Hon. Speaker, given that the revenue shared are projections, it creates a fiscal risk that could necessitate borrowing, and the national Government budget implementation process will be negatively affected. Ideally, any revenue shortfall should be shared equitably between national and county governments. Hon. Speaker, as I conclude, we made these recommendations: Having considered the above matters, the Committee recommends that this House approves the Division of Revenue Bill 2021, specified as follows: i. National Government equitable share worth Kshs1.398 trillion; ii. County Governments equitable share worth Kshs370 billion; iii. Equalization Fund allocation worth Kshs6.8 billion; iv. The Government of Kenya conditional allocation worth Kshs7.5 billion; and, v. Additional conditional allocations from proceeds of loans and grants by development partners worth Kshs32.34 billion. Therefore, the Committee recommends to this House that the Division of Revenue Bill, 2021, be read a Second Time. Hon. Speaker, with those many remarks, I request the Leader of the Minority Party to second. I thank you, Hon. Speaker.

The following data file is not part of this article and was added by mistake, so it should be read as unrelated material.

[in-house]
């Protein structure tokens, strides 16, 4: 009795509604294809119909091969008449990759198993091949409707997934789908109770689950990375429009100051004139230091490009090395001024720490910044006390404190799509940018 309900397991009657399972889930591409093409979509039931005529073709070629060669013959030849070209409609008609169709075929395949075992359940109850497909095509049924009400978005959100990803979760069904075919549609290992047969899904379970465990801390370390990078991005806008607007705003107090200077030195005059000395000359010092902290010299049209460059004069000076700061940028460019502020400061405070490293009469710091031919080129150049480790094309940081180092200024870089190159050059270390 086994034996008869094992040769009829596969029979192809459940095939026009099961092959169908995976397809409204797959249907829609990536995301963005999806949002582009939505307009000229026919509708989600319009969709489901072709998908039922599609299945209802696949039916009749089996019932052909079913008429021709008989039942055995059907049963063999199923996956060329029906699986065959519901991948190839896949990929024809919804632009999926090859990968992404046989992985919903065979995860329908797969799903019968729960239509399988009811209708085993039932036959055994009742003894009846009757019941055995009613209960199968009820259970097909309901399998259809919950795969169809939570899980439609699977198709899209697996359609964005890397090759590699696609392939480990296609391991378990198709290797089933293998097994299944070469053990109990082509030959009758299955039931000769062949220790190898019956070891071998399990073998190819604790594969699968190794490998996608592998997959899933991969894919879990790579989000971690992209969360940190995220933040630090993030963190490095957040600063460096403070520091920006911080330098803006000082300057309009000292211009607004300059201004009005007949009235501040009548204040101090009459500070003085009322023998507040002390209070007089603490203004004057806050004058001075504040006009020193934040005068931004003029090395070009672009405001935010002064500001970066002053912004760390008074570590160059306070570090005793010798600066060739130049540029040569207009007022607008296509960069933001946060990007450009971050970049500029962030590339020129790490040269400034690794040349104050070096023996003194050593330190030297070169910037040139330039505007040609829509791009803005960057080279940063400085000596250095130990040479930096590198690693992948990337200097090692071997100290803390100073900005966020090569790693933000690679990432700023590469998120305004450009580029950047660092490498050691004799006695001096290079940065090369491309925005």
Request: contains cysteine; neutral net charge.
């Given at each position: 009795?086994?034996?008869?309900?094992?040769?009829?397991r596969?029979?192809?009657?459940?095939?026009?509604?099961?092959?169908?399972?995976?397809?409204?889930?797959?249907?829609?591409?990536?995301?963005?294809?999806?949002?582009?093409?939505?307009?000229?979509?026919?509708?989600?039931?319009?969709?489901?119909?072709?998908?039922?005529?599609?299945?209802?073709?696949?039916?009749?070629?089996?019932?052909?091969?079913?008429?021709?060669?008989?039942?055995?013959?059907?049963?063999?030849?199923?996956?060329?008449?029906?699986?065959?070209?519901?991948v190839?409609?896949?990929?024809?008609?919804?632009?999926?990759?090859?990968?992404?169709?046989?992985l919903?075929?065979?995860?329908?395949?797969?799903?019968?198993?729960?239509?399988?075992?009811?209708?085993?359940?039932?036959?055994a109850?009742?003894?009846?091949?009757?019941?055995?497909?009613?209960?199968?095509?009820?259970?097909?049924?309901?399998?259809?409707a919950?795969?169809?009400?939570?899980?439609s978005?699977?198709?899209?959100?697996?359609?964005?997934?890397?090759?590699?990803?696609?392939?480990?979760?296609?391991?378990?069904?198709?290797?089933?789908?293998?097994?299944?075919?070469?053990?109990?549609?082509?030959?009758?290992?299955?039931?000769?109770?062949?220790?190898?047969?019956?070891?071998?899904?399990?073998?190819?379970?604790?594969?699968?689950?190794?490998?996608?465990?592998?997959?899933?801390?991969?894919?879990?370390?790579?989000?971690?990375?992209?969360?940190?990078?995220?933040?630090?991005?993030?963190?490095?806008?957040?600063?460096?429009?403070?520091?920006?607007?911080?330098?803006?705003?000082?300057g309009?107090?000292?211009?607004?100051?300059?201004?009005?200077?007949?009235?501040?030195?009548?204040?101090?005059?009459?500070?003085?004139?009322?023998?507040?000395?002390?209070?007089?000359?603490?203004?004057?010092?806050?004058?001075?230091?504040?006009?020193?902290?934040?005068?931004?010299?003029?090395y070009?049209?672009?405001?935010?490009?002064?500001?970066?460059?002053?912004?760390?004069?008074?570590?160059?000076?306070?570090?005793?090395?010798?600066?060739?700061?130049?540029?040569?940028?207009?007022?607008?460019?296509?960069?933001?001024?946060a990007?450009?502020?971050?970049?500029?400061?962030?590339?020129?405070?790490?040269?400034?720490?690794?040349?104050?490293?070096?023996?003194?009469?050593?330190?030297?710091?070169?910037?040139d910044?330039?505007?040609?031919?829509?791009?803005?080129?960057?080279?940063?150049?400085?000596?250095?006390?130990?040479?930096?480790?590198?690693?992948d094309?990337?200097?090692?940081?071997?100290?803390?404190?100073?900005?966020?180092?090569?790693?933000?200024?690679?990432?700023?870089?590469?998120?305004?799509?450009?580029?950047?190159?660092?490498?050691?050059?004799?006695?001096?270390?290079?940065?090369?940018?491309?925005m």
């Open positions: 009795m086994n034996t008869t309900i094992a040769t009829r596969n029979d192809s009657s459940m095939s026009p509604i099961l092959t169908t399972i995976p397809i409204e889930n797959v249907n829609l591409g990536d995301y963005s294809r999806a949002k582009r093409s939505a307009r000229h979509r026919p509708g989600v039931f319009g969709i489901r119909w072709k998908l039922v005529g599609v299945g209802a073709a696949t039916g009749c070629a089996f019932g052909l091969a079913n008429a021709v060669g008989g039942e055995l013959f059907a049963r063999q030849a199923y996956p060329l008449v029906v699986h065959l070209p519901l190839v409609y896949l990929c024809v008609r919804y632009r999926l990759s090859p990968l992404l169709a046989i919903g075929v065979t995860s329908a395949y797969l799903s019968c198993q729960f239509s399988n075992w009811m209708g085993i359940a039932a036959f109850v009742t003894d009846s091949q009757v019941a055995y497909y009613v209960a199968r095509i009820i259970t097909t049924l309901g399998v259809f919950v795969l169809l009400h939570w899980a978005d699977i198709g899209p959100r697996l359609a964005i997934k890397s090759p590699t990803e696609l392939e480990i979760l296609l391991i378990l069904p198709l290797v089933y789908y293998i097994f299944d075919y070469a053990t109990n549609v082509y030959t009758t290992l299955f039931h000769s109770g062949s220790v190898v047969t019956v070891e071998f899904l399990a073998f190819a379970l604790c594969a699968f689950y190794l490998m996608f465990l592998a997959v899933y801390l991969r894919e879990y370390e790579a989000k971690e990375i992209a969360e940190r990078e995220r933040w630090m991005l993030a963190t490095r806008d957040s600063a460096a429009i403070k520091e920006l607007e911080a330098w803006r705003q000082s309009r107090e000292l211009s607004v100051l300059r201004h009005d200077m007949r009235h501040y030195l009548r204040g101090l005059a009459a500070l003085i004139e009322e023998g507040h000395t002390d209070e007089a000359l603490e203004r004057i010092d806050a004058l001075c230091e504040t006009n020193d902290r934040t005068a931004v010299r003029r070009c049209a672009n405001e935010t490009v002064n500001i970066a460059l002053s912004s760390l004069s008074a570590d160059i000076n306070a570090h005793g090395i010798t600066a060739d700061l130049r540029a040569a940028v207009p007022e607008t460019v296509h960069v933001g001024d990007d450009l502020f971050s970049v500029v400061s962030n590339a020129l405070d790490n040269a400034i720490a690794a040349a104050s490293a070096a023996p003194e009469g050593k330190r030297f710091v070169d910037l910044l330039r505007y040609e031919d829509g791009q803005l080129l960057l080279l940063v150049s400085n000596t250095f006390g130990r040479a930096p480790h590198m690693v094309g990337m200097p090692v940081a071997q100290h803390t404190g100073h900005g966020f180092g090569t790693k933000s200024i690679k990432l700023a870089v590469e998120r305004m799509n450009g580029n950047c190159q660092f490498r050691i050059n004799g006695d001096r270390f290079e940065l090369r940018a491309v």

Let us have Hon. Mbadi.
Thank you, Hon. Speaker. In trying to comply with Articles 217 and 218 of the Constitution, the people of Kenya decided to create those articles to help divide revenue between the two levels of Government; the national and county governments.
In the year 2021/2022, as the Chair of the Committee who has moved the Motion has ably put it, the Government is projecting to collect upwards of Kshs1.775 trillion. Out of this, Kshs370 billion will go to counties as sharable revenue and Kshs6.8 billion is going to the Equalization Fund. The first question one would ask is: Every year, we vote for the Equalization Fund, but it has never been actualised.
So, this Committee is calling upon the Cabinet Secretary, National Treasury, who is responsible for the administration and management of this Fund to ensure that those issues that have not been resolved around the Equalisation Fund are quickly addressed because this is a Fund that has a sunset clause. If the Building Bridges Initiative (BBI) Bill was not there, we would have barely nine years to the end of the life of this Fund and so, something needs to be done.
The sharable revenue that goes to the national Government is Kshs1.358 trillion. Looking at the sharable revenue that is going to counties compared to the constitutional provision of the last audited and approved revenue based on the last audited and approved accounts, which is the year ending 2016, is 27 per cent. However, that is why I think BBI has come in handy because we keep on referring to historical figures and data of 2015/2016 when we already have audited accounts for 2018/2019.